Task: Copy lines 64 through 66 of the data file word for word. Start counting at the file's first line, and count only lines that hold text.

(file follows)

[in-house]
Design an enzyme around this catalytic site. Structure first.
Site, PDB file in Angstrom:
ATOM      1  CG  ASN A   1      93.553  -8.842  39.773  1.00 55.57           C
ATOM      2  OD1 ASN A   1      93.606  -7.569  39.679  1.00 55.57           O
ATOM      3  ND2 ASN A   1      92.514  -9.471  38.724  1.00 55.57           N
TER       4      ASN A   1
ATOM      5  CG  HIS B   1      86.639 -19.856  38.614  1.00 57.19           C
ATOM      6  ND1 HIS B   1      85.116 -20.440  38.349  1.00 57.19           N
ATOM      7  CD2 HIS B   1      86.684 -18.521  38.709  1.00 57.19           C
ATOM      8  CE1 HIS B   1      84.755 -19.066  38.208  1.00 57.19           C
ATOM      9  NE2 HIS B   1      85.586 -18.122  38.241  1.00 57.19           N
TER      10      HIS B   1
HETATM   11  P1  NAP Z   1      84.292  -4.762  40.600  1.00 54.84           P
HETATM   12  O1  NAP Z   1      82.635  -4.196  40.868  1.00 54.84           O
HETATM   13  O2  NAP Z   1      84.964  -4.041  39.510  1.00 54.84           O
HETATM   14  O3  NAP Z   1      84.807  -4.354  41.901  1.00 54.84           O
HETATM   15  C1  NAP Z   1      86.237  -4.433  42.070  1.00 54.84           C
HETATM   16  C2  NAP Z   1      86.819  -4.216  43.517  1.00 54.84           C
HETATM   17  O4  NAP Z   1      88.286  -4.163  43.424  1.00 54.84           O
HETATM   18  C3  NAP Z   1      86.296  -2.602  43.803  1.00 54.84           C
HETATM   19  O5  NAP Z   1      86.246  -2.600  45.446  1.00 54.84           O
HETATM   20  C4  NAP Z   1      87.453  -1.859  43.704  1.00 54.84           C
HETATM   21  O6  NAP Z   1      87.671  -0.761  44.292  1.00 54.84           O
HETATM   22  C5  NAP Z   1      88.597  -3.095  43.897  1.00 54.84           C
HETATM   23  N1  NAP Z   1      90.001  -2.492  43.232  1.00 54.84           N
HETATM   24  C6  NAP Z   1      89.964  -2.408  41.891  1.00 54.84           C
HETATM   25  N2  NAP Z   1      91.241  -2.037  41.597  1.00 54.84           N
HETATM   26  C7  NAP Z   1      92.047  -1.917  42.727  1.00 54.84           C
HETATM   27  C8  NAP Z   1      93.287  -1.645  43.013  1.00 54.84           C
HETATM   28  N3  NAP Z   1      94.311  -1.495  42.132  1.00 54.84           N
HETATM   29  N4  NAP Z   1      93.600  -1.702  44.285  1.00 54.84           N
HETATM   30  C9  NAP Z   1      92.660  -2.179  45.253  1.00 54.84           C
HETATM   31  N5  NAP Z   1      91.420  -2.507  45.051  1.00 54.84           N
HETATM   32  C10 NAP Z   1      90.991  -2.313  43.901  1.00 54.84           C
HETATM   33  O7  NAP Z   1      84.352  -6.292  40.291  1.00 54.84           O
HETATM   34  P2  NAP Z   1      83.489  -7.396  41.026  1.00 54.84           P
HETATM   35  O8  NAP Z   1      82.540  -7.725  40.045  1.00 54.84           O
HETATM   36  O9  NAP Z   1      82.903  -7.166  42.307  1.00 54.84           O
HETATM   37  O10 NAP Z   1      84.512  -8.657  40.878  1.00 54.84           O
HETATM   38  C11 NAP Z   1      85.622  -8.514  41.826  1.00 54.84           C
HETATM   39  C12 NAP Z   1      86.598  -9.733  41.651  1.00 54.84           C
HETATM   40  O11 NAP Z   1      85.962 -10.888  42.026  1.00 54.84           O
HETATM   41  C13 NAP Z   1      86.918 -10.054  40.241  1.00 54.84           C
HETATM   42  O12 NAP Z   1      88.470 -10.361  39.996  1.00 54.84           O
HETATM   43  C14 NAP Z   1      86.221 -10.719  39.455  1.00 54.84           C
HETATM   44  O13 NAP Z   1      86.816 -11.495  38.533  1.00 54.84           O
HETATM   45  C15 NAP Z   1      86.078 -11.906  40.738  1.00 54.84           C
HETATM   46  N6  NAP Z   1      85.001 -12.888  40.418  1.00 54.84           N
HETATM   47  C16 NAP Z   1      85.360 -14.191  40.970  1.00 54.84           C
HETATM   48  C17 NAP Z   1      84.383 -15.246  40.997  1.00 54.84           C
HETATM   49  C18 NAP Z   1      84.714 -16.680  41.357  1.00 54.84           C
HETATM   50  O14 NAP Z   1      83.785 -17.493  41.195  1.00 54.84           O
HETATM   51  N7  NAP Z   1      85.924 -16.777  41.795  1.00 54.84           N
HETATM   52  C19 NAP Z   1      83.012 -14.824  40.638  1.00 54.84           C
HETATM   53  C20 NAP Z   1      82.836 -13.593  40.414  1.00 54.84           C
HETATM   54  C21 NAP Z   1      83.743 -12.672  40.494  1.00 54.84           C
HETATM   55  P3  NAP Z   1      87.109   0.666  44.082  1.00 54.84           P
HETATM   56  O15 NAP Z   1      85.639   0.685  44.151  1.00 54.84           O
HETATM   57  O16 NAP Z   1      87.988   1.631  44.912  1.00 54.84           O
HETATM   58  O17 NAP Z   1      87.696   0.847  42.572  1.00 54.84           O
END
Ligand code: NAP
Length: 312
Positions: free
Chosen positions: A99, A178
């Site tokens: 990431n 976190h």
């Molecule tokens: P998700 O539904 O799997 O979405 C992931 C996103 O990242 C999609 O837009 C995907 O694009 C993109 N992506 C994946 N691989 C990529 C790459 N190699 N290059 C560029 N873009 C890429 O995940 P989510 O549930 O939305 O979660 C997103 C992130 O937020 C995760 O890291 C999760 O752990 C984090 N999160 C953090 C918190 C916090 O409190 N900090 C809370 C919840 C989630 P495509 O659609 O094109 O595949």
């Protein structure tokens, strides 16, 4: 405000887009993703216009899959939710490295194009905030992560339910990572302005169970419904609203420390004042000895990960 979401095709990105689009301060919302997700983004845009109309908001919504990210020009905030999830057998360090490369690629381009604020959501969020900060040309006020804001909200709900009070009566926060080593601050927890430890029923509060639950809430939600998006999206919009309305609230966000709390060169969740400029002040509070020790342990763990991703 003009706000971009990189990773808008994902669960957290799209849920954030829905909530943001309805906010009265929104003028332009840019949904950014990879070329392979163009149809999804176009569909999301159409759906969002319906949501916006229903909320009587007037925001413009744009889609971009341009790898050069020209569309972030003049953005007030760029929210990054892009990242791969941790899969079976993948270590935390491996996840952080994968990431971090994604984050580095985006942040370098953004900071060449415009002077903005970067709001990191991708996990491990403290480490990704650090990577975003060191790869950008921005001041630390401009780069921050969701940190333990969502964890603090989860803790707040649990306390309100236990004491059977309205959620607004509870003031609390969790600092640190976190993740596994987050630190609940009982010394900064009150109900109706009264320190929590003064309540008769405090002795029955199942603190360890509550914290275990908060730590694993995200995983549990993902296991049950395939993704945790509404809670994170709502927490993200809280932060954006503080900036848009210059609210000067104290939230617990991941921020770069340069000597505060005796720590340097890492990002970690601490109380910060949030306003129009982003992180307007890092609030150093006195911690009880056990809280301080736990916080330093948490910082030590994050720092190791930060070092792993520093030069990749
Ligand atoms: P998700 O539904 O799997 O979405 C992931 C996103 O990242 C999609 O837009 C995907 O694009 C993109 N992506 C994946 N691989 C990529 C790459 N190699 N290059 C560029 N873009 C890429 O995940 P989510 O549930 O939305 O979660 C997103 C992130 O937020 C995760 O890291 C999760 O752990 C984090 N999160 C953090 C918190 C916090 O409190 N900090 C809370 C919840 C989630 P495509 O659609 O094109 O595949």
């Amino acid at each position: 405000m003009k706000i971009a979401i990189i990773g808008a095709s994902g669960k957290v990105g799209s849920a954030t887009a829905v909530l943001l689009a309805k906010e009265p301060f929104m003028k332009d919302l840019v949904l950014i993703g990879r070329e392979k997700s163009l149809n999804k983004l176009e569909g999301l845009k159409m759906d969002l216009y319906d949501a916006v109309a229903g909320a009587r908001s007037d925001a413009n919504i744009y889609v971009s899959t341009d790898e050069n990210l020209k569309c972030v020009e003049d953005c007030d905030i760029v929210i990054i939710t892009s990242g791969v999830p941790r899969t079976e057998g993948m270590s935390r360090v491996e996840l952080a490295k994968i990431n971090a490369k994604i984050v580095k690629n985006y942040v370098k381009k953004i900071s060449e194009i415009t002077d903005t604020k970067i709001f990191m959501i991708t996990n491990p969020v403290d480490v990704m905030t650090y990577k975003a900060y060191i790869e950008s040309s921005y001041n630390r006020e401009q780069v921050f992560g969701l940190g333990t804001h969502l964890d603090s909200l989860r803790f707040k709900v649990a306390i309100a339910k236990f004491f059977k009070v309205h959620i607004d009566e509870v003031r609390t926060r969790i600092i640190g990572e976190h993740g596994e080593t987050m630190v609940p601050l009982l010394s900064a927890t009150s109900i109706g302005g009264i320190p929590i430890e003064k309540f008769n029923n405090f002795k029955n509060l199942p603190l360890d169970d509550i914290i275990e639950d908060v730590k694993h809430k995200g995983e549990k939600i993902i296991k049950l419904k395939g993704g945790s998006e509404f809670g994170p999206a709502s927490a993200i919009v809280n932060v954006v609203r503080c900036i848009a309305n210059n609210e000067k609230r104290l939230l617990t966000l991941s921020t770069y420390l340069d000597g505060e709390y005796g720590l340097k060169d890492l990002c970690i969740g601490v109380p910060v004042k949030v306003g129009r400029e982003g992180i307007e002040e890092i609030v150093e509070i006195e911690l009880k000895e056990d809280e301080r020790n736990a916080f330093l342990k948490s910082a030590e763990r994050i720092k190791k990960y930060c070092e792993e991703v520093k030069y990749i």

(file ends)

Length: 312
Positions: free
Chosen positions: A99, A178